Articles like Garvey’s play into the media narrative that Millennials should be dissatisfied with ourselves because of the economy and the world we stepped into. Sorry, but our generation’s average age when we invaded Iraq was 13 and our average age during the housing bubble collapse was 17. These articles play into Millennial-bashing by separating ourselves out and pretending we’re not part of a generation that is actually pretty amazing. They play to media narratives created by the Baby Boomers who wasted their chance and left us a broken system.
It’s a way for older Millennials to disown their participation in a generation rather than retake it. It’s the lazy way out, and it throws younger Millennials under the bus the same way the Boomers do, so we can throw our hands in the air and disregard the responsibilities we have to fix everything prior generations ruined.
Prior generations kicked the can down the road on the environment, energy, responsible government, military industrialization, and they lost control of the improvement of civil rights. The definition of our generation is we’re the ones they kicked the can to. Why would we want to separate ourselves from younger Millennials just to be like the generations that came before us? To kick the can down the road even more? That’s what we aspire to?
I’m proud to be a Millennial. We were raised to believe we could do anything, and then we had everything we could do sold out from under us. That defines us more than the speed of our internet. If there’s one generation I want to be a part of, it is this one.
I don’t care if Boomers and older generations on TV use “Millennial” as a bad word. That’s their damn problem. Our generation’s job is not to please Wolf Blitzer and Bill O’Reilly. Our generation’s job to tell them to get the hell out of the way cause we’ve got shit to do.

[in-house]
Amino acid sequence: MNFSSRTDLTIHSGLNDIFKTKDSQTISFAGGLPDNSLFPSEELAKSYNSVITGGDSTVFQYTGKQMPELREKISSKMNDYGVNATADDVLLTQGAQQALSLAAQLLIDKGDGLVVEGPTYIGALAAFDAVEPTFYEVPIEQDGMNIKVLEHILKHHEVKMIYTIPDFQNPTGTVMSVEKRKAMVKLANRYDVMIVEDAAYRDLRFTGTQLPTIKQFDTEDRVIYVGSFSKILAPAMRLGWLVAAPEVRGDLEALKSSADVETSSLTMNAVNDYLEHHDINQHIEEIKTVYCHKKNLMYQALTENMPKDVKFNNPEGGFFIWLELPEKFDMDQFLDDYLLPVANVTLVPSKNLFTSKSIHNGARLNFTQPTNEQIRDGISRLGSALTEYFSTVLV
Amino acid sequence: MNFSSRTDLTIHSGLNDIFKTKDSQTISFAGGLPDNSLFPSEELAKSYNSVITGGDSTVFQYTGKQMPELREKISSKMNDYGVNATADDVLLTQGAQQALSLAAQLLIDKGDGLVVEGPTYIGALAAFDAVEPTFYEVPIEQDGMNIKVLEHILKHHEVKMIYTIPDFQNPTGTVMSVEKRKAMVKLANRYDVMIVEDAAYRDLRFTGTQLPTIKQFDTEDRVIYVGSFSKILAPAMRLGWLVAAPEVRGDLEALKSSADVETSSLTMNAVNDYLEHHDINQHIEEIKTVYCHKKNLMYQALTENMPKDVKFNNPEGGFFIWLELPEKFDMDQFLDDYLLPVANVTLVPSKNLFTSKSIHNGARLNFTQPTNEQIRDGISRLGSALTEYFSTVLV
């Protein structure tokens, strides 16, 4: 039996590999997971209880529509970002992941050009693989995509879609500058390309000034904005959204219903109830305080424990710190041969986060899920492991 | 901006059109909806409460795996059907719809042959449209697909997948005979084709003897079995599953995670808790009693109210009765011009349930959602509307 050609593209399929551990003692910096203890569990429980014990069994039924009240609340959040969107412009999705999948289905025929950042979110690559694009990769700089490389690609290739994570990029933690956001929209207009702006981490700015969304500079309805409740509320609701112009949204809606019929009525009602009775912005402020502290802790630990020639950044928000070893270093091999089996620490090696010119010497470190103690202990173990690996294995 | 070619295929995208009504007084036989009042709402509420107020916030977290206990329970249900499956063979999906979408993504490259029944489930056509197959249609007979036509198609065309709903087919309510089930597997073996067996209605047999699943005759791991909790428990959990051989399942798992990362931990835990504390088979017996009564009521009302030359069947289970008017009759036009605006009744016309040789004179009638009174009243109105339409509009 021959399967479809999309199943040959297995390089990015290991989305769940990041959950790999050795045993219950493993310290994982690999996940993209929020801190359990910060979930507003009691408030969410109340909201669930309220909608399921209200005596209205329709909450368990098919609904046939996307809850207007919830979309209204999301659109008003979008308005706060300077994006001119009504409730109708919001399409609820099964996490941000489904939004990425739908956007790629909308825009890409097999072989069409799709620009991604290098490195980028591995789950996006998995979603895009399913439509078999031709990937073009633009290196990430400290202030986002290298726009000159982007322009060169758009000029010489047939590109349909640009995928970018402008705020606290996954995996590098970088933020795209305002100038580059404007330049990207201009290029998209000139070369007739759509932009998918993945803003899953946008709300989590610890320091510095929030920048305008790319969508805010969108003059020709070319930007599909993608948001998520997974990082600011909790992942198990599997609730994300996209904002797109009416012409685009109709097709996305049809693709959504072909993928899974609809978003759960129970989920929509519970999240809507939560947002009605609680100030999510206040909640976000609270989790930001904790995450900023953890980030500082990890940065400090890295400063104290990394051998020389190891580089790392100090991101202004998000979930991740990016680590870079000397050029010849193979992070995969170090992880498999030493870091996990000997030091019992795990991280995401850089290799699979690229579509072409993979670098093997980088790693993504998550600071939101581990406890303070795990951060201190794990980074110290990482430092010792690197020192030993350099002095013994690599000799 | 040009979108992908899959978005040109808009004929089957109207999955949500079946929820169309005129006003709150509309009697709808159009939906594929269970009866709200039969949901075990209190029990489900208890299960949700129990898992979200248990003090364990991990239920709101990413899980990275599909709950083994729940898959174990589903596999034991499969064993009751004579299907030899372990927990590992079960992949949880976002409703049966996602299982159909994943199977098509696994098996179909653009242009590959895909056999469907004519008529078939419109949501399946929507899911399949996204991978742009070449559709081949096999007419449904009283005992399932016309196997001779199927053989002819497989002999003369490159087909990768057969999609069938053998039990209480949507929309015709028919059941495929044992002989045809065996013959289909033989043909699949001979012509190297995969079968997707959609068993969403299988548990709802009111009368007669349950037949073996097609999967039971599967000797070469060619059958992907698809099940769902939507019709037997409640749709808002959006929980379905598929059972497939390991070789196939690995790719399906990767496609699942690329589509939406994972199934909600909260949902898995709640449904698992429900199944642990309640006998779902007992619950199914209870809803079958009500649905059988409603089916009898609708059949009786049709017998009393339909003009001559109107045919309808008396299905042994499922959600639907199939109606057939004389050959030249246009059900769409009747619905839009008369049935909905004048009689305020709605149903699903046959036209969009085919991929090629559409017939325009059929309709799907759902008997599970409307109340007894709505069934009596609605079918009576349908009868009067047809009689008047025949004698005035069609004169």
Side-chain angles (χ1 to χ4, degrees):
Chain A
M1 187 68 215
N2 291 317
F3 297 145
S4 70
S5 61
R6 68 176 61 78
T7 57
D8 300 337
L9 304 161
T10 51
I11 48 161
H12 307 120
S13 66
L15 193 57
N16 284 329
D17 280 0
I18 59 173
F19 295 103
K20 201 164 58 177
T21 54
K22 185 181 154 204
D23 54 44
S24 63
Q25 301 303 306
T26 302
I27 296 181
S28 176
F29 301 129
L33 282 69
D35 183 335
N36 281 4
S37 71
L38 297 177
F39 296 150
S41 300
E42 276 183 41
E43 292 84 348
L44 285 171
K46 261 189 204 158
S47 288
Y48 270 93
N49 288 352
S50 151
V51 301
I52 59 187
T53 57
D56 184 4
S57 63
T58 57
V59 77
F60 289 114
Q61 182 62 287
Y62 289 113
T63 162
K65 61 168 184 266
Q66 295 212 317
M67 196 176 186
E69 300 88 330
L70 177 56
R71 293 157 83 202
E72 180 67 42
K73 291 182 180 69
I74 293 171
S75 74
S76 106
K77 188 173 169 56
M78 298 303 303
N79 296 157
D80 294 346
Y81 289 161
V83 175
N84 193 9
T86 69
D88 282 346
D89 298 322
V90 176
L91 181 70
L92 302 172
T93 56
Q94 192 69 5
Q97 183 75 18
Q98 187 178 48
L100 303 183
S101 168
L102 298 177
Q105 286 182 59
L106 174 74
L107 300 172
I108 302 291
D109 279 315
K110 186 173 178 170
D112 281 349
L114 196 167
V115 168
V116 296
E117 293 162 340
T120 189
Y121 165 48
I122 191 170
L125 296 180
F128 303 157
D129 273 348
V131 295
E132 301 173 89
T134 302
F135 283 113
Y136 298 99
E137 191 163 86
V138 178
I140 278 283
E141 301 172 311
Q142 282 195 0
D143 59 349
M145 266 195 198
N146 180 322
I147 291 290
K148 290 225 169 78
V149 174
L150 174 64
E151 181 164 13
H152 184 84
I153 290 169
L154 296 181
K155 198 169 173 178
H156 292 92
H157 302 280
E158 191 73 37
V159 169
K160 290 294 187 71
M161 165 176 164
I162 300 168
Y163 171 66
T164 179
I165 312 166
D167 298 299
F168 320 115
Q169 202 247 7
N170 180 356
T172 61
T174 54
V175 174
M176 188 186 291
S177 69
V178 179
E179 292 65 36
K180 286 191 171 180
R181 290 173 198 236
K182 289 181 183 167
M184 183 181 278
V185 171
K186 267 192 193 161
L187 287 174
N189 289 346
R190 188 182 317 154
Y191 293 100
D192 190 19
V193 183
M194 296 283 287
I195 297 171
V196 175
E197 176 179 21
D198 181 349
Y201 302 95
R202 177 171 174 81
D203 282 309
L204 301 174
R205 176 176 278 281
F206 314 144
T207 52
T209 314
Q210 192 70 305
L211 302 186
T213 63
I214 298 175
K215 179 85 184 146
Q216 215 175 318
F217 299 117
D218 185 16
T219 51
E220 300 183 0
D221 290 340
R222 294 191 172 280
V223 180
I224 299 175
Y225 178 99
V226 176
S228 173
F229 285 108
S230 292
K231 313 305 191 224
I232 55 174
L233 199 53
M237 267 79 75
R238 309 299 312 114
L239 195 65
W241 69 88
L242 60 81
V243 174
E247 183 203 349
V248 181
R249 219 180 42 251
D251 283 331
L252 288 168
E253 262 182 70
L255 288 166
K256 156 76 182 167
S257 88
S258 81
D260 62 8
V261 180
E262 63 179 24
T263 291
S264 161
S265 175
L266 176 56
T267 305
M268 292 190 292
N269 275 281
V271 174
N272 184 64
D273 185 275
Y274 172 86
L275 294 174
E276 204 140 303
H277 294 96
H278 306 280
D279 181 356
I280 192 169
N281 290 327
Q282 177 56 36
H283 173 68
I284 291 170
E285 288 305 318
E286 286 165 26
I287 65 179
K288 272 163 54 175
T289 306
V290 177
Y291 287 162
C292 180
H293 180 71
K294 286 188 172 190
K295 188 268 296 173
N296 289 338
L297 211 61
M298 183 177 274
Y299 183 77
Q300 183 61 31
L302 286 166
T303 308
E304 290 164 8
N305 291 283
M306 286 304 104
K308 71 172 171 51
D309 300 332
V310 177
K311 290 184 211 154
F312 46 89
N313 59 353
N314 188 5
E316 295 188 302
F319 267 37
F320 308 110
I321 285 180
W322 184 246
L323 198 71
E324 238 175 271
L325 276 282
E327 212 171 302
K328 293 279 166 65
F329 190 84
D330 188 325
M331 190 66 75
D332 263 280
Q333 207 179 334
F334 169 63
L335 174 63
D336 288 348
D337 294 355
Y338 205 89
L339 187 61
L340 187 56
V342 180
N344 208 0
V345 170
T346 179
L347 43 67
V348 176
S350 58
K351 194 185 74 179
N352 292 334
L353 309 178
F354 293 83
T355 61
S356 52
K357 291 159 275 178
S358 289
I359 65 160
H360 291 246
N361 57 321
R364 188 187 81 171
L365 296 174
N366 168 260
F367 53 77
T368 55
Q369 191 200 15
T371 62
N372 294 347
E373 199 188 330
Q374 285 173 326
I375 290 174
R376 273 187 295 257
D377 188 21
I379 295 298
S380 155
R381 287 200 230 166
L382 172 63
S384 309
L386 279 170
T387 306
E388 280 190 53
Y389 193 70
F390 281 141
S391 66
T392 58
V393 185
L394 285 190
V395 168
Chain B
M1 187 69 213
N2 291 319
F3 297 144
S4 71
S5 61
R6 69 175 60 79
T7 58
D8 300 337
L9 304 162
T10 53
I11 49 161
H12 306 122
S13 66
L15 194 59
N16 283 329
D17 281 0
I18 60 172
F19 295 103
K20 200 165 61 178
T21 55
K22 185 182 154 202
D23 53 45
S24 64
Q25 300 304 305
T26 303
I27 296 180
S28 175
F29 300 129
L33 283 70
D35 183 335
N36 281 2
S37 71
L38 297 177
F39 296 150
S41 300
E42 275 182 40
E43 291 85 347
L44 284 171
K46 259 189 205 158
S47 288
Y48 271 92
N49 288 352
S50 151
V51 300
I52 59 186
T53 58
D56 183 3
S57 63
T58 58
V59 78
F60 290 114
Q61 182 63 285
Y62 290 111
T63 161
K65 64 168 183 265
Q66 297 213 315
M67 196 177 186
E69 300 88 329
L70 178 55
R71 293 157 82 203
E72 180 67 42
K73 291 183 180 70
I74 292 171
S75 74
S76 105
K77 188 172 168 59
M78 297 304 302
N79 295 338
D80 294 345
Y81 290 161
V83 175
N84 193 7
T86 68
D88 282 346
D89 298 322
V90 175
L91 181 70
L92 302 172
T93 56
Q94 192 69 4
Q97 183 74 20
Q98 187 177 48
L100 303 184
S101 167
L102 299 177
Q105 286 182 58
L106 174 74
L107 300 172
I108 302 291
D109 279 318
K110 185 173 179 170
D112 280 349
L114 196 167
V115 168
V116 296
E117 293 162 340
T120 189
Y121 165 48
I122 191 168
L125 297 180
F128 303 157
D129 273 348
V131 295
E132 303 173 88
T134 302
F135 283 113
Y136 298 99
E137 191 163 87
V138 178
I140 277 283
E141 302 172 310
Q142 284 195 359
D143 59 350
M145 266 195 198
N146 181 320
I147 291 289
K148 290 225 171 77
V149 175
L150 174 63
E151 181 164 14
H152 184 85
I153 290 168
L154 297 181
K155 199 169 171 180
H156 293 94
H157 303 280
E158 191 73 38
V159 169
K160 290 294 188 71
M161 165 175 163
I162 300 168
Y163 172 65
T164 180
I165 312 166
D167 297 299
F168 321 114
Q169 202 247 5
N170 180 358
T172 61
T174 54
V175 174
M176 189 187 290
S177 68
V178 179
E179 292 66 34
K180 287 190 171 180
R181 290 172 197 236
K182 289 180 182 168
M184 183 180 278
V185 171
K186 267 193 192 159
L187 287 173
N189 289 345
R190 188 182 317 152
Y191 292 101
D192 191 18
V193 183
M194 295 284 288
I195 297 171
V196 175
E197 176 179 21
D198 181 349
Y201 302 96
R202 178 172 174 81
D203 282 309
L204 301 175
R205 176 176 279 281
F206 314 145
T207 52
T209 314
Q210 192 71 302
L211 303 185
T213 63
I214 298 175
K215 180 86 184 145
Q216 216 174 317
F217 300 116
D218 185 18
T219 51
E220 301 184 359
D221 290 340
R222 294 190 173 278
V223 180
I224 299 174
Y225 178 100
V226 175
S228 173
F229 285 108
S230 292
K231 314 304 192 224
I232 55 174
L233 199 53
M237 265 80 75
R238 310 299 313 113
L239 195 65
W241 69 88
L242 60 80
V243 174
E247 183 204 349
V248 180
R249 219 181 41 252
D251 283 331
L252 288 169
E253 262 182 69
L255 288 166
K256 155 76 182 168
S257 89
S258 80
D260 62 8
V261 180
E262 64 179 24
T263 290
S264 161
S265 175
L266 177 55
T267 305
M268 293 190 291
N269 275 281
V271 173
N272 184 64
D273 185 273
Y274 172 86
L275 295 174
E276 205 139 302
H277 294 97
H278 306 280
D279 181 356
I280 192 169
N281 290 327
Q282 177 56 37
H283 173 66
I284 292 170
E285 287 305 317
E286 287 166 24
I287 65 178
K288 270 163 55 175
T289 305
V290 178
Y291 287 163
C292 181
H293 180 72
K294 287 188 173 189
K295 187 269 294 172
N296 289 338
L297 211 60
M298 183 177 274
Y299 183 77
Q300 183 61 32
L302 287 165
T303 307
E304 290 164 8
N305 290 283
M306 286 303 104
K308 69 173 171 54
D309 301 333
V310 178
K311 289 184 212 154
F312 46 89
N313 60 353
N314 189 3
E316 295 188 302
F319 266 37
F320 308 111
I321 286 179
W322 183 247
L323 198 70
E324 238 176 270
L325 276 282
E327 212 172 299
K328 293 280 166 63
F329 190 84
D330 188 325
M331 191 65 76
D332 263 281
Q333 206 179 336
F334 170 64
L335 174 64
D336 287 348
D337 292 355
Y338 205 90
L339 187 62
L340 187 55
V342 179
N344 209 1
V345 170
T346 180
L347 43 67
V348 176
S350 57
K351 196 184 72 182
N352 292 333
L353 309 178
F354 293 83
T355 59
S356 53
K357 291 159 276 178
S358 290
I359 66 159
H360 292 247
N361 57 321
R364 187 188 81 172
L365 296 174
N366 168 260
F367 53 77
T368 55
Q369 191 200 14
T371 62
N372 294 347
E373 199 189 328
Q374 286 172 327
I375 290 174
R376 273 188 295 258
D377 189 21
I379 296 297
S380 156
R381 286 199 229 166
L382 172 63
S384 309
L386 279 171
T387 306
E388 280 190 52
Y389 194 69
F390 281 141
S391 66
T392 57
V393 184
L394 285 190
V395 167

The world we entered, the economy we entered, the frozen politics we entered, and the collapsing environment we entered upon becoming adults are not our fault. Let’s please stop feeling like it is.
Other generations have done admirable things, but they haven’t always finished them. Let those generations laud themselves, but do not let them tear down our own potential and do not let them convince us that we should tear it down for them.
We didn’t enter ourselves into decades of intractable war. We didn’t collapse our economy. We didn’t ignore environmental warnings about pollution, climate change, and water shortages. And yet, it’s on us to fix it. It is not our fault, but it is now our responsibility.
My generation believes it’s awful – it keeps trying to run away from itself because everyone else keeps telling us to. And yet everything about us – every study and poll and piece of research – says we’re a unique aberration of education, drive, and idealism. Whether born in the 80s or 90s, we also have technology at our grasp no generation before us has been raised from childhood to utilize.
We have so much potential. Stop trying to convince us we don’t. With everything at stake, the most dangerous thing that can happen is you succeed.